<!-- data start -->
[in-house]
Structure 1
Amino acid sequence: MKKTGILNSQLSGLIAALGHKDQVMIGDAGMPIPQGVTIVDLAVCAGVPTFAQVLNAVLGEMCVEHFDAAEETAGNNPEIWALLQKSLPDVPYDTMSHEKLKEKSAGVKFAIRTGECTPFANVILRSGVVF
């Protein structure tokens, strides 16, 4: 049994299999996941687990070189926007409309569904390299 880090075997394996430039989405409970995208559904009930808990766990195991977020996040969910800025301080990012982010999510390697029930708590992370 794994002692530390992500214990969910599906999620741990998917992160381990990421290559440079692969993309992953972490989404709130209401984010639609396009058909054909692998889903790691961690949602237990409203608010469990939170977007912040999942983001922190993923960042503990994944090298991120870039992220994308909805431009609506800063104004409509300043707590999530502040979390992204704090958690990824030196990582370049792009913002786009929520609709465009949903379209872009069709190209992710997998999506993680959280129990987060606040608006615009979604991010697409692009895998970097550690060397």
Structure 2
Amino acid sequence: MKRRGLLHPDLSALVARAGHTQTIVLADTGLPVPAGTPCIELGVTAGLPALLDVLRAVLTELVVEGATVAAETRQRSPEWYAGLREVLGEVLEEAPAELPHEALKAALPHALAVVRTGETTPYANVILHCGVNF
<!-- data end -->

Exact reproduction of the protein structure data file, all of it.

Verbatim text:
[in-house]
Structure 1
Amino acid sequence: MKKTGILNSQLSGLIAALGHKDQVMIGDAGMPIPQGVTIVDLAVCAGVPTFAQVLNAVLGEMCVEHFDAAEETAGNNPEIWALLQKSLPDVPYDTMSHEKLKEKSAGVKFAIRTGECTPFANVILRSGVVF
């Protein structure tokens, strides 16, 4: 049994299999996941687990070189926007409309569904390299 880090075997394996430039989405409970995208559904009930808990766990195991977020996040969910800025301080990012982010999510390697029930708590992370 794994002692530390992500214990969910599906999620741990998917992160381990990421290559440079692969993309992953972490989404709130209401984010639609396009058909054909692998889903790691961690949602237990409203608010469990939170977007912040999942983001922190993923960042503990994944090298991120870039992220994308909805431009609506800063104004409509300043707590999530502040979390992204704090958690990824030196990582370049792009913002786009929520609709465009949903379209872009069709190209992710997998999506993680959280129990987060606040608006615009979604991010697409692009895998970097550690060397």
Structure 2
Amino acid sequence: MKRRGLLHPDLSALVARAGHTQTIVLADTGLPVPAGTPCIELGVTAGLPALLDVLRAVLTELVVEGATVAAETRQRSPEWYAGLREVLGEVLEEAPAELPHEALKAALPHALAVVRTGETTPYANVILHCGVNF